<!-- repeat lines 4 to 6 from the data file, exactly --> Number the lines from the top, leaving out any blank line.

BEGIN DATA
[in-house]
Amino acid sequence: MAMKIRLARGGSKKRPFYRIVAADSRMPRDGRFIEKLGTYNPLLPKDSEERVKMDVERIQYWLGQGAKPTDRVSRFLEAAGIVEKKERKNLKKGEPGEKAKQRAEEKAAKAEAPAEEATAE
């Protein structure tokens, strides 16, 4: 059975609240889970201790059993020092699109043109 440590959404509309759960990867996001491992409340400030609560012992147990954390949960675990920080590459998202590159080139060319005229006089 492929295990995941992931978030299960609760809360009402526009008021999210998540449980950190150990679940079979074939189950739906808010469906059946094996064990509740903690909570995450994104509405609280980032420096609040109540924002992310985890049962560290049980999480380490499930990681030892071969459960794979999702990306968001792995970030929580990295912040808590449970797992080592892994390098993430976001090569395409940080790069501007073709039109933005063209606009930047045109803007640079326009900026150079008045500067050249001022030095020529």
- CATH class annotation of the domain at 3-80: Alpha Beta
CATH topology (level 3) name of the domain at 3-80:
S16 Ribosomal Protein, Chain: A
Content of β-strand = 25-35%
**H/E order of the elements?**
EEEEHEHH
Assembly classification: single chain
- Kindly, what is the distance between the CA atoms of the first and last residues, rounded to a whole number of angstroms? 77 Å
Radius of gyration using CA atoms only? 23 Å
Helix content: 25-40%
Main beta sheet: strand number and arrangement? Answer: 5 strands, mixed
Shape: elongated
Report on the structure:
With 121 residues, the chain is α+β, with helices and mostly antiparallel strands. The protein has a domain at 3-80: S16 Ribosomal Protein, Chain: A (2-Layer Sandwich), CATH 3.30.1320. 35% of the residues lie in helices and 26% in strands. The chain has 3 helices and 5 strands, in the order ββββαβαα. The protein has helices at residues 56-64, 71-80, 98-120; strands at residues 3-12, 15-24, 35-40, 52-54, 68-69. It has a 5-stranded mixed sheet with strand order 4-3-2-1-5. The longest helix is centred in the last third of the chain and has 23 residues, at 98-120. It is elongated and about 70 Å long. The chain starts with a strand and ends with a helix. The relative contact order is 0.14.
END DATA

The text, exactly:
- CATH class annotation of the domain at 3-80: Alpha Beta
CATH topology (level 3) name of the domain at 3-80:
S16 Ribosomal Protein, Chain: A